WASHINGTON — The Trump administration has imposed restrictions on technology exports to a state-supported Chinese semiconductor maker, citing national security grounds amid a mounting tariff battle.

The controls imposed Monday on Fujian Jinhua Integrated Circuit Co. reflect concern that Chinese competition could drive American technology suppliers out of business, leaving the U.S. military without secure sources of components.

Beijing has spent heavily to build up Jinhua and other chipmakers as part of efforts to transform China into a global leader in robotics, artificial intelligence and other technology industries.

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The United States, Europe and other trading partners say Beijing’s tactics violate its market-opening obligations. American officials worry they might erode U.S. industrial leadership.

President Trump has imposed tariffs of up to 25 percent on $250 billion worth of Chinese goods in an effort to pressure Beijing to roll back those plans. Jinhua is completing “substantial production capacity” for integrated circuits, possibly using U.S. technology, which “threatens the long-term economic viability of U.S. suppliers of these essential components of U.S. military systems,” said a Commerce Department statement.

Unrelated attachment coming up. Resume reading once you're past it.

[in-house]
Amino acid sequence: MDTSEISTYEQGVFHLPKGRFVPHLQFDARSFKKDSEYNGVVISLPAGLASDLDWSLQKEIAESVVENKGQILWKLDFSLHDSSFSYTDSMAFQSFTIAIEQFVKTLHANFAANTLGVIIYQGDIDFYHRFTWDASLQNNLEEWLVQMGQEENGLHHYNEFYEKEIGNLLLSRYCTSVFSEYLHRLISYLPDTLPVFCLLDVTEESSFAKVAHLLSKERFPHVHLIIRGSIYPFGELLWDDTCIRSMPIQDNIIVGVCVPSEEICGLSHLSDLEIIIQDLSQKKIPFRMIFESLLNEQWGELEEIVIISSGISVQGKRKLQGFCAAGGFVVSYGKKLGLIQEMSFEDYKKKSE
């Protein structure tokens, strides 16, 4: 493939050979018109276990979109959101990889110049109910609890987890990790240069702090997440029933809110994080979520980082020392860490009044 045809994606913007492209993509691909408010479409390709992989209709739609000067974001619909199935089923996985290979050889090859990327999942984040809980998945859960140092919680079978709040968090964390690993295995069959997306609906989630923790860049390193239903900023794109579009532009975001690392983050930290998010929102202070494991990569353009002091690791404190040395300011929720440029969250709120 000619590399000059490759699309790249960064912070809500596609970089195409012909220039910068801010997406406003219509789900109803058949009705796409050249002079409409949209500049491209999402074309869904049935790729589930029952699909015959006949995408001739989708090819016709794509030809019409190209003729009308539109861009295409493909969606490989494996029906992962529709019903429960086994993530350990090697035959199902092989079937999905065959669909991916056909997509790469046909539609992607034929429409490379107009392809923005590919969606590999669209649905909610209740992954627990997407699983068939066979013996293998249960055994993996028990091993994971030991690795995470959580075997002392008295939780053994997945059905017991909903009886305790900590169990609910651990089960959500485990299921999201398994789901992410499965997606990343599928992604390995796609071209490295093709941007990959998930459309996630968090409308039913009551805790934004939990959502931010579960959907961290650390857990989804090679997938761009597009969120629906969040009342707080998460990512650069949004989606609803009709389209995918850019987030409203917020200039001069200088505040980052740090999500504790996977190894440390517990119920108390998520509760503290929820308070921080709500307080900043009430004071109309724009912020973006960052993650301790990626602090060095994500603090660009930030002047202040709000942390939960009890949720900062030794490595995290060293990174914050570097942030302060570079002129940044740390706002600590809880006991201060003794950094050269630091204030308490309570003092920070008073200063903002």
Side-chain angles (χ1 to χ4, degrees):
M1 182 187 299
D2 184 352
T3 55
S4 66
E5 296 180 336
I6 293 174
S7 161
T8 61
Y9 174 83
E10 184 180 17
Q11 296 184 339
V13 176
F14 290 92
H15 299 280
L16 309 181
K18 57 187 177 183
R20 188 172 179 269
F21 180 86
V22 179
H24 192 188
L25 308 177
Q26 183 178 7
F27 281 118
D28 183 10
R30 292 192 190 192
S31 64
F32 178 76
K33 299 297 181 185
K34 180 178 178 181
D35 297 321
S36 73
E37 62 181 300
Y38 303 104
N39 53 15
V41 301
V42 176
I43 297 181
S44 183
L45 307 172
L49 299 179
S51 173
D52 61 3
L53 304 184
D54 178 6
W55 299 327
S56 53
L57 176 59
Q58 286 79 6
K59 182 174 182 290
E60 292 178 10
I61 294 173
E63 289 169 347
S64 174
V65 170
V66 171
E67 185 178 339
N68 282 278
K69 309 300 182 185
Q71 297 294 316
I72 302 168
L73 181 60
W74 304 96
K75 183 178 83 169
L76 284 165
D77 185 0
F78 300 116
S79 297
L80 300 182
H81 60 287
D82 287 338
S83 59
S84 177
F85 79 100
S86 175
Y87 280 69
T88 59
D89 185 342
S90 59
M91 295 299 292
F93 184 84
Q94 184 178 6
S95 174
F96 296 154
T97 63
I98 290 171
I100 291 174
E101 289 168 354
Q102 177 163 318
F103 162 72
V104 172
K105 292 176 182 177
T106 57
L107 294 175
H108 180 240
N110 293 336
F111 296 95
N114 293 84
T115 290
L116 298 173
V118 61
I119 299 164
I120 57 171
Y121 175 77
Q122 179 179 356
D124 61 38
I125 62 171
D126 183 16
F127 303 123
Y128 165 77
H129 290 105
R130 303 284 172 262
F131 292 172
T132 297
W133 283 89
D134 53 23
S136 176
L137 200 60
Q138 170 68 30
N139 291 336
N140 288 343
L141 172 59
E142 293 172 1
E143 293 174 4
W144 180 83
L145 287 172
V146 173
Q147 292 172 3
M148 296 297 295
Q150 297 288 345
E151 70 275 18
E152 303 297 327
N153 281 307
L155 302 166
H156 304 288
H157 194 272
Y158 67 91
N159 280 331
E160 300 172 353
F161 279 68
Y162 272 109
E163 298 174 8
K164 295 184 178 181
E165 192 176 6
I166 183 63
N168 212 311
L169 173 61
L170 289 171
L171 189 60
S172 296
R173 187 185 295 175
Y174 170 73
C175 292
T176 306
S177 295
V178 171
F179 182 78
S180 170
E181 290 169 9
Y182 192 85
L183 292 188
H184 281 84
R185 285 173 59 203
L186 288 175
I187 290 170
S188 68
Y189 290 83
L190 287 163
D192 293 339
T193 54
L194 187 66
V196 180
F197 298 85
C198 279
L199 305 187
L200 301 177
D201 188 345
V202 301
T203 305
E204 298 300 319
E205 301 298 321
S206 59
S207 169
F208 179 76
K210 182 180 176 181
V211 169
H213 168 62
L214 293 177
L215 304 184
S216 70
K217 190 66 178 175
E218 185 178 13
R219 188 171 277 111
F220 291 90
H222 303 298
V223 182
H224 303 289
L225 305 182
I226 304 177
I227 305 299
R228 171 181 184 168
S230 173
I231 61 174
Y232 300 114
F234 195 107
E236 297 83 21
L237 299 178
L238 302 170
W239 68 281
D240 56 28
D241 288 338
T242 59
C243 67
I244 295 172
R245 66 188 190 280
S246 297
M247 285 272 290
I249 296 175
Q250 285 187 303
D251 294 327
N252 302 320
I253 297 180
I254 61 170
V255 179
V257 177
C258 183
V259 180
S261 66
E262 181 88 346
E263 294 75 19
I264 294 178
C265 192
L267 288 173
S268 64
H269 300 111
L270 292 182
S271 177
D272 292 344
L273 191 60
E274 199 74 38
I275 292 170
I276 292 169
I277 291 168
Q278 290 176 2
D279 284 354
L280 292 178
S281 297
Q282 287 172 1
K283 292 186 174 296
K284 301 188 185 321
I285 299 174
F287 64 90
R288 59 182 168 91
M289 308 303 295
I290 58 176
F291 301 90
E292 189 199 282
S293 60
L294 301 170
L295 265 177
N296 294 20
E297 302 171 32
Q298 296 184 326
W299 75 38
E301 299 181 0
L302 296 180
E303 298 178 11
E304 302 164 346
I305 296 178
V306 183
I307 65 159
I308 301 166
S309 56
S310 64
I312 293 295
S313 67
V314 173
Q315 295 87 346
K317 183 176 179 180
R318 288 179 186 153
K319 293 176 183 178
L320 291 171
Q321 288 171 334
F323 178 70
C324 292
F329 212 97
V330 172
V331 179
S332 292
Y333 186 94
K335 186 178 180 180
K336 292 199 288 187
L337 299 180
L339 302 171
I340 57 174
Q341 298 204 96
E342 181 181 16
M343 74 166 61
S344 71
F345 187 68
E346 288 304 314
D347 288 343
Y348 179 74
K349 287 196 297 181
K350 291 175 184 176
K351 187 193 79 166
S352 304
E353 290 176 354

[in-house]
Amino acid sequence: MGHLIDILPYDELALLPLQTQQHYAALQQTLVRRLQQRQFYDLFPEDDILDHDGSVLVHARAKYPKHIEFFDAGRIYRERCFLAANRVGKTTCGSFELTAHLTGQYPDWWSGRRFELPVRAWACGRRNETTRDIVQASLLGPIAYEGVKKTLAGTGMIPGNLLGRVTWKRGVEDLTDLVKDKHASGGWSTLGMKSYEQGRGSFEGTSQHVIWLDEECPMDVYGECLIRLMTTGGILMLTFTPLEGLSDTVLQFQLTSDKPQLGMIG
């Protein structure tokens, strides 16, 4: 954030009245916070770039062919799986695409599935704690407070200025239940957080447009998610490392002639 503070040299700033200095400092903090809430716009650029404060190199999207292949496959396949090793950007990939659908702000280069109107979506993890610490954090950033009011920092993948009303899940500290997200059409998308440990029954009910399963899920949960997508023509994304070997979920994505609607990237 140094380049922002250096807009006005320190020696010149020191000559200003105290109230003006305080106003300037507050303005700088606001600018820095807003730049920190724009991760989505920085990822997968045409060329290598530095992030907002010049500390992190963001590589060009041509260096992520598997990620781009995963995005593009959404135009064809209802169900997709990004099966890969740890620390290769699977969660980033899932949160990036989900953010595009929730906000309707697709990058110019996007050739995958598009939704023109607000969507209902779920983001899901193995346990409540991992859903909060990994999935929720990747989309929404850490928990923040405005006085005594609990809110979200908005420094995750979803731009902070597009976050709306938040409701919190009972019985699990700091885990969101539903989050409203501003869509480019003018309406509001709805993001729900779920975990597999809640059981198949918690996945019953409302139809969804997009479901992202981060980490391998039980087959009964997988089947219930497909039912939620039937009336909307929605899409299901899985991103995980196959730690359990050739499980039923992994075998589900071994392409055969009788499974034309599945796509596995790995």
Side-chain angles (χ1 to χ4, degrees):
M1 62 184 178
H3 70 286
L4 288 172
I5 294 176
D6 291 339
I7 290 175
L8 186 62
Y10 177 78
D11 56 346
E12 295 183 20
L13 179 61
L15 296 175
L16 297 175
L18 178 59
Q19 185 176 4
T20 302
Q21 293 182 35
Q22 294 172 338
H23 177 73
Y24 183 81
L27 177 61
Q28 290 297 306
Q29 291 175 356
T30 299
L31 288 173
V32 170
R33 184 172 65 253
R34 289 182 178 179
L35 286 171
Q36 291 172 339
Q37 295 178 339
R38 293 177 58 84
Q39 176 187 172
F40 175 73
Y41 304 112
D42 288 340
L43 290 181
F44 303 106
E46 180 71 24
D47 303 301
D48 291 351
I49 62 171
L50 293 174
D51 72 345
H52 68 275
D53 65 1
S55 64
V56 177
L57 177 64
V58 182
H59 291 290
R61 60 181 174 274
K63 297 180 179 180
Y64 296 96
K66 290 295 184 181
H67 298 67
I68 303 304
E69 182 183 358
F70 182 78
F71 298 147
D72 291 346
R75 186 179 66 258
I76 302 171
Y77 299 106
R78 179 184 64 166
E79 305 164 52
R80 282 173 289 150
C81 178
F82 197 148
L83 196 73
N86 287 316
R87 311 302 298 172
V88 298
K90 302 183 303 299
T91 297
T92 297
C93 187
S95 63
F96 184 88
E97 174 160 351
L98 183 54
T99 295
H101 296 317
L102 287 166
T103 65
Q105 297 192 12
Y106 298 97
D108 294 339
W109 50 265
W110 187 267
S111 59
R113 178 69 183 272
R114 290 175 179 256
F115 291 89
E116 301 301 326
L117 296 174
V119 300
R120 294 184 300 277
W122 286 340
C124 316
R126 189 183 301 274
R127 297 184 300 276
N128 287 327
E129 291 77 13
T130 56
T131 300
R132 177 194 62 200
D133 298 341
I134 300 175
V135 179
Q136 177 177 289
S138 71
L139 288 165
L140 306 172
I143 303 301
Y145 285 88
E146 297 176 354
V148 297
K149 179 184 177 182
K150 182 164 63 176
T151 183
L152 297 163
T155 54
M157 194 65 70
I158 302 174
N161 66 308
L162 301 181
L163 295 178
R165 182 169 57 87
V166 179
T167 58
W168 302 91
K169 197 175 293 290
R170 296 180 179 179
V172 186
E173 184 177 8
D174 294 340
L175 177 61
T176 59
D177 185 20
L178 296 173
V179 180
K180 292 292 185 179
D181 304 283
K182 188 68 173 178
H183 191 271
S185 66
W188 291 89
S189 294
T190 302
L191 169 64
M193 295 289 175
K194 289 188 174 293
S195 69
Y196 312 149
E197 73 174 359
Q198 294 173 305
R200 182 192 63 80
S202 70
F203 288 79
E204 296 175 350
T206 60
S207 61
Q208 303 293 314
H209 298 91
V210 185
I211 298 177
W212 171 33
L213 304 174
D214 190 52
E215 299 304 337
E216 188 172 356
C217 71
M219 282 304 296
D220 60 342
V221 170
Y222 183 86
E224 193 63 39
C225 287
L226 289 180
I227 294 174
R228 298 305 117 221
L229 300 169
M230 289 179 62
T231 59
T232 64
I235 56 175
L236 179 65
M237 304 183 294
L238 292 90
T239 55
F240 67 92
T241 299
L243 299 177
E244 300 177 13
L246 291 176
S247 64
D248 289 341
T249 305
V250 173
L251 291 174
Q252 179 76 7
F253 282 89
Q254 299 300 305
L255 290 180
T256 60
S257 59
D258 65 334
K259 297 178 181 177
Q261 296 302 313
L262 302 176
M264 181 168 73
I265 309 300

The company was added to the department’s “Entity List,” which will require it to obtain an export license for all software, technology and commodities, the Commerce Department said. It said such applications “will be reviewed with a presumption of denial.”

China’s foreign ministry said it hoped foreign governments would treat Chinese companies “reasonably and fairly.”

“We hope the United States will do something that serves the two sides’ interest and helps improve mutual trust, instead of the other way around,” said a ministry spokesman, Lu Kang.

The order marks the second U.S. action this year blocking technology exports to a Chinese buyer.

ZTE Corp., China’s second-biggest maker of telecom equipment, faced possible bankruptcy this year after Washington imposed a seven-year ban on sales of U.S. technology to the company over its exports to Iran and North Korea. American authorities lifted the ban in July after ZTE paid a $1 billion fine, agreed to replace its executive team and hired U.S.-selected compliance officers.


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